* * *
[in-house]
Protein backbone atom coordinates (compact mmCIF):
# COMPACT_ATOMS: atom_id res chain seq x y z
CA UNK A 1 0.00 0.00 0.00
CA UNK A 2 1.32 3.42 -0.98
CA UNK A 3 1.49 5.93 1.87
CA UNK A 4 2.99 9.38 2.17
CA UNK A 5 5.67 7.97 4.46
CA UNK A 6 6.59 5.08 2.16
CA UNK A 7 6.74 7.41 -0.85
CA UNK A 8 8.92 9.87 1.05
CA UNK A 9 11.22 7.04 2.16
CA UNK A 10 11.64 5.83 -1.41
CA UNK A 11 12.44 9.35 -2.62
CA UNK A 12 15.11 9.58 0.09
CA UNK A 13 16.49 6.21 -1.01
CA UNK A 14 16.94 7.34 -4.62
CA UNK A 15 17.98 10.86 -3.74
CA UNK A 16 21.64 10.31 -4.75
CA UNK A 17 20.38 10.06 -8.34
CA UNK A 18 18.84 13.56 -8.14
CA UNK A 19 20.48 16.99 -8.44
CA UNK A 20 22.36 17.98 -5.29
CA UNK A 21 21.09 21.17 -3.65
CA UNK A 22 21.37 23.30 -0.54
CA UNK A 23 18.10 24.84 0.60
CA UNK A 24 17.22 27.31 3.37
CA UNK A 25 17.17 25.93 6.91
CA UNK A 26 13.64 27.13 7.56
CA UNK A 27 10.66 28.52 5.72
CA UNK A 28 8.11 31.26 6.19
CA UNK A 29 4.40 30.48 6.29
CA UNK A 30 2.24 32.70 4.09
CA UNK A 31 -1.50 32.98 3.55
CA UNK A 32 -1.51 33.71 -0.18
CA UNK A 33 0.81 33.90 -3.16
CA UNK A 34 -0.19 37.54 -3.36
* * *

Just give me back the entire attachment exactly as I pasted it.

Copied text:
[in-house]
Protein backbone atom coordinates (compact mmCIF):
# COMPACT_ATOMS: atom_id res chain seq x y z
CA UNK A 1 0.00 0.00 0.00
CA UNK A 2 1.32 3.42 -0.98
CA UNK A 3 1.49 5.93 1.87
CA UNK A 4 2.99 9.38 2.17
CA UNK A 5 5.67 7.97 4.46
CA UNK A 6 6.59 5.08 2.16
CA UNK A 7 6.74 7.41 -0.85
CA UNK A 8 8.92 9.87 1.05
CA UNK A 9 11.22 7.04 2.16
CA UNK A 10 11.64 5.83 -1.41
CA UNK A 11 12.44 9.35 -2.62
CA UNK A 12 15.11 9.58 0.09
CA UNK A 13 16.49 6.21 -1.01
CA UNK A 14 16.94 7.34 -4.62
CA UNK A 15 17.98 10.86 -3.74
CA UNK A 16 21.64 10.31 -4.75
CA UNK A 17 20.38 10.06 -8.34
CA UNK A 18 18.84 13.56 -8.14
CA UNK A 19 20.48 16.99 -8.44
CA UNK A 20 22.36 17.98 -5.29
CA UNK A 21 21.09 21.17 -3.65
CA UNK A 22 21.37 23.30 -0.54
CA UNK A 23 18.10 24.84 0.60
CA UNK A 24 17.22 27.31 3.37
CA UNK A 25 17.17 25.93 6.91
CA UNK A 26 13.64 27.13 7.56
CA UNK A 27 10.66 28.52 5.72
CA UNK A 28 8.11 31.26 6.19
CA UNK A 29 4.40 30.48 6.29
CA UNK A 30 2.24 32.70 4.09
CA UNK A 31 -1.50 32.98 3.55
CA UNK A 32 -1.51 33.71 -0.18
CA UNK A 33 0.81 33.90 -3.16
CA UNK A 34 -0.19 37.54 -3.36